Text-to-speech technology provides access to written material for people with sight, motion and learning disabilities by removing the need to read and interpret text. With the convenience of digital technology and access available through the Internet, most text to speech technology is computer-based. Solutions include free software, commercial software and hardware/software combinations.
Windows includes a basic screen reader called Narrator, which converts text and describes desktop conditions for you. Enable Narrator by pressing "Windows-Enter." The program will open and start reading information in the Narrator window. You can learn commands, set up options or proceed to other pages with text to speech support from the Narrator home screen.
Freeware screen readers include the downloadable NVDA and the Web-based System Access to Go, while popular commercial titles include JAWS, Window-Eyes and SuperNova. Screen readers describe almost everything on the screen, and operation is keyboard-based, eliminating the need to use a mouse. Text-to-speech readers target those with learning disabilities or anyone who benefits from simultaneous presentation of text and speech. Freeware options include Natural Reader and ReadPlease. Commercial text-to-speech programs have a wider feature set. Kurzweil 3000, WYNN and Read and Write are three titles available for purchase.
The ReadingPen line from Wizcomtech scans written text and converts it to speech. Targeted at those with learning disabilities, the ReadingPen is used by passing the device over the text for speech conversion.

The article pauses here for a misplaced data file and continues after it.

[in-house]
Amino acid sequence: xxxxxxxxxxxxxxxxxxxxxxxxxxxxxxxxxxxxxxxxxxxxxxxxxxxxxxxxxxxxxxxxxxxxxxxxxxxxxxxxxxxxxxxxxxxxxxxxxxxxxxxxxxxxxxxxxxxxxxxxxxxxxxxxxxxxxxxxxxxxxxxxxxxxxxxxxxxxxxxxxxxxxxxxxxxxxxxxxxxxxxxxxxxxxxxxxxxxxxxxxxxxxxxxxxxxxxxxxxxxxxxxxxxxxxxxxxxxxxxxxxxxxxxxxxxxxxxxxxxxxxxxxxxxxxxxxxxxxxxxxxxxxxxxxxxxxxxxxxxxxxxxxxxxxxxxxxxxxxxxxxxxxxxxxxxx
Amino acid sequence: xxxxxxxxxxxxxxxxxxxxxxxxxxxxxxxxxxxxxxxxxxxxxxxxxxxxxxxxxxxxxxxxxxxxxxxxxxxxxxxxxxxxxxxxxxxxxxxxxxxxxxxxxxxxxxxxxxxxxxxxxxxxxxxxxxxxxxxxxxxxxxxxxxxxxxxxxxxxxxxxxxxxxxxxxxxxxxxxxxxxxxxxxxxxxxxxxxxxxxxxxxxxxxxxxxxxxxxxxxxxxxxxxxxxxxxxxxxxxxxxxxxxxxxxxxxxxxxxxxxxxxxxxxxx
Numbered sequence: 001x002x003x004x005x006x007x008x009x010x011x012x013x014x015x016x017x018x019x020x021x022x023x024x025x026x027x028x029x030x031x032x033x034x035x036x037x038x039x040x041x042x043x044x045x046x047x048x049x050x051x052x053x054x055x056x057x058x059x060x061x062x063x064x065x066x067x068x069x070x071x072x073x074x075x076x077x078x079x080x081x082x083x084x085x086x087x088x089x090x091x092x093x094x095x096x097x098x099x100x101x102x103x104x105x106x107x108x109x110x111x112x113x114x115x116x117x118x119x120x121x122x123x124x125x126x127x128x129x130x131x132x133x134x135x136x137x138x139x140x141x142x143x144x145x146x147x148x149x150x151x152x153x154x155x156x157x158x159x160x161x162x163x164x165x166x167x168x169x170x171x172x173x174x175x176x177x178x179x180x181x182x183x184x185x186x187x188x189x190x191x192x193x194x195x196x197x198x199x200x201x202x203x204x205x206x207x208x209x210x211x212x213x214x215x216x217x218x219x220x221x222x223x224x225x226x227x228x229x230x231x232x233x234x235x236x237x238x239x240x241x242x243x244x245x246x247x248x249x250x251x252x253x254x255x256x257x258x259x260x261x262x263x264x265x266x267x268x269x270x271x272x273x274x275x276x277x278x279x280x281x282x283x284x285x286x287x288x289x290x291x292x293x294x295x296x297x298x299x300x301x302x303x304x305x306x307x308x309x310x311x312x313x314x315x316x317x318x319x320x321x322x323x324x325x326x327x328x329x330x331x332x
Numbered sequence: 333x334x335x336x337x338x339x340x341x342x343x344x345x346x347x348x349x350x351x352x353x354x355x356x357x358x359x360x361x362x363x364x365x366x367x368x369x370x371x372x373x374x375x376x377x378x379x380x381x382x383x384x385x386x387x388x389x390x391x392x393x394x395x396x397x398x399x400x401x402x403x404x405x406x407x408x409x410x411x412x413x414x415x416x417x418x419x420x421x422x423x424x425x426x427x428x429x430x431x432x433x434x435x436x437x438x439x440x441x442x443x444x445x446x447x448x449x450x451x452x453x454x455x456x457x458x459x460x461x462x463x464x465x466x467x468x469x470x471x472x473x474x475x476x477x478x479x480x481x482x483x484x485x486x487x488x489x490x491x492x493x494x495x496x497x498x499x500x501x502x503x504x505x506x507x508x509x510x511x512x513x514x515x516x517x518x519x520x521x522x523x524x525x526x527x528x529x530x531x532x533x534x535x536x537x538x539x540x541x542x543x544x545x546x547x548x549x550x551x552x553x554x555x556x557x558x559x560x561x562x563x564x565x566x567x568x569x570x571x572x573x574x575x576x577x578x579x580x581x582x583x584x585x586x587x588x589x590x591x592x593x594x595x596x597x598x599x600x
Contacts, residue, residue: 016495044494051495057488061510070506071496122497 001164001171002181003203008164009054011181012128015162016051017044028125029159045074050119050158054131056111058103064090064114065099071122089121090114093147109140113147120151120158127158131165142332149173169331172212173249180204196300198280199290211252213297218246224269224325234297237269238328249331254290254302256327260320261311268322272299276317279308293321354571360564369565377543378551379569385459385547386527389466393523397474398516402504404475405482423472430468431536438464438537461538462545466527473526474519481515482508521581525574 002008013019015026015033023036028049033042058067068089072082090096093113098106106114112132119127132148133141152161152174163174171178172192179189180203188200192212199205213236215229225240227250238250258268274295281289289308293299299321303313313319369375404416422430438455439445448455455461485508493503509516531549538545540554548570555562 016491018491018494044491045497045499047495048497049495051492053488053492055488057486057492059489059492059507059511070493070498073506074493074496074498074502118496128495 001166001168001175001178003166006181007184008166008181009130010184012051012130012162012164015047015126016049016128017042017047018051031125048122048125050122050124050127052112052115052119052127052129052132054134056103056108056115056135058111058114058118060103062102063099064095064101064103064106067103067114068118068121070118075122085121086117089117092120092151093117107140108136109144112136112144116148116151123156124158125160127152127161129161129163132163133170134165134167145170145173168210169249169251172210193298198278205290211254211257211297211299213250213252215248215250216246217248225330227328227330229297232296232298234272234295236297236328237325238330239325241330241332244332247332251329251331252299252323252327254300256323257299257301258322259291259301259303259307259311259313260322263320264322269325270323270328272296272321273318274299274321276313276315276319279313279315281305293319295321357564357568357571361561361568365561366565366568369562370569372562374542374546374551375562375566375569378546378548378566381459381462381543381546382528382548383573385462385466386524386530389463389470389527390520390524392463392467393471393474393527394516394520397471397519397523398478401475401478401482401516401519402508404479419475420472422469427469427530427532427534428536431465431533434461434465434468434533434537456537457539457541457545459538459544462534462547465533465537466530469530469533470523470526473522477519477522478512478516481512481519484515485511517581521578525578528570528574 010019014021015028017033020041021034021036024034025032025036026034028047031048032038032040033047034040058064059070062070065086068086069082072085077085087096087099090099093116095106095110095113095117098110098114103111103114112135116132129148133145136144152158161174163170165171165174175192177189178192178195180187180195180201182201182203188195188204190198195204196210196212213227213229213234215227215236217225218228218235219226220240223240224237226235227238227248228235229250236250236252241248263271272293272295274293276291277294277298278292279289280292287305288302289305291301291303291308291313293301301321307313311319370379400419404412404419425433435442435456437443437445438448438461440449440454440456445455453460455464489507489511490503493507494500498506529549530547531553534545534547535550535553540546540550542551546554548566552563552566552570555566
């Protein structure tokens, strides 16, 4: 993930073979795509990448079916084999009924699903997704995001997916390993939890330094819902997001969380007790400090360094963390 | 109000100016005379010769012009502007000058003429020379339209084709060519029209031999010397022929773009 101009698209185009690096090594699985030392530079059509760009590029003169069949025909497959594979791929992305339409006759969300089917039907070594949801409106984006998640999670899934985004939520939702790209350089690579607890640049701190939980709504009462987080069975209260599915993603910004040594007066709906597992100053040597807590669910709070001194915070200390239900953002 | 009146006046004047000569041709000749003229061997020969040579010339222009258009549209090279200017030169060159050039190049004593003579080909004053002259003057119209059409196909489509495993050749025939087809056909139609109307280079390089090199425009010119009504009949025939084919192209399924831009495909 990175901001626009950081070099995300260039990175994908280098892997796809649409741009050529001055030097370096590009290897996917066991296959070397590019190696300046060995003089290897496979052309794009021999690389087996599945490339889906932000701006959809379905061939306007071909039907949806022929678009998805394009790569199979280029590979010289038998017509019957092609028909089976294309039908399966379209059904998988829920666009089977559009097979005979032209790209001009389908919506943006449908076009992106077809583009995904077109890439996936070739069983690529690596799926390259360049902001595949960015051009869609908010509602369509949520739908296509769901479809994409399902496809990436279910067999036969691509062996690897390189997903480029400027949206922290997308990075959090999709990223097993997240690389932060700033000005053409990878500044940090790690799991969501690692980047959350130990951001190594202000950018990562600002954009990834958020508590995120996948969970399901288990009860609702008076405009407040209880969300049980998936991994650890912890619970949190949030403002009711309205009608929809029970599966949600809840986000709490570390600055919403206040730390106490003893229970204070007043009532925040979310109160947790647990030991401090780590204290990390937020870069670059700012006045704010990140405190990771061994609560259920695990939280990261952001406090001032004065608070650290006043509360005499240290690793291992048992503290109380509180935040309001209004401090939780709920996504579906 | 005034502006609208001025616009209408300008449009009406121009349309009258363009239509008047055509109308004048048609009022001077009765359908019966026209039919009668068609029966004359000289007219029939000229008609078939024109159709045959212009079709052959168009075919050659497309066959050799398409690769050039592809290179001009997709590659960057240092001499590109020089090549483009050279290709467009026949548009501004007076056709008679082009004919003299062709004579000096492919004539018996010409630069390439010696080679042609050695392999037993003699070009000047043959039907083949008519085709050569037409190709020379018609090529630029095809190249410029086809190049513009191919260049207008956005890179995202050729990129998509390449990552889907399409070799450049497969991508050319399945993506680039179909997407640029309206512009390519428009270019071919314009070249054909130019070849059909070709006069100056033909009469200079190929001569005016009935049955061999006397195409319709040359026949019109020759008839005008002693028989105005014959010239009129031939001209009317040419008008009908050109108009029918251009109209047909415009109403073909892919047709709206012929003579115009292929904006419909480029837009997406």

The Intel Reader is a pocketbook-sized device that scans text to digital text, then converts text to speech. It aids those with reading disabilities, low vision and blindness. The Intel Reader can interface with a computer through a USB connection.
For those depending on text-to-speech technology to understand content, operating a computer is often simplified with voice commands. Windows includes speech recognition through its Ease of Access options on the Control Panel. A computer with a microphone takes speech input and converts it to text and keyboard commands. Dragon Naturally Speaking is a commercial program providing voice control. Other voice-to-text programs are available, but place an emphasis on captioning and language translation.
A full-time content creation freelancer for over 12 years, Scott Shpak is a writer, photographer and musician, with a past career in business with Kodak.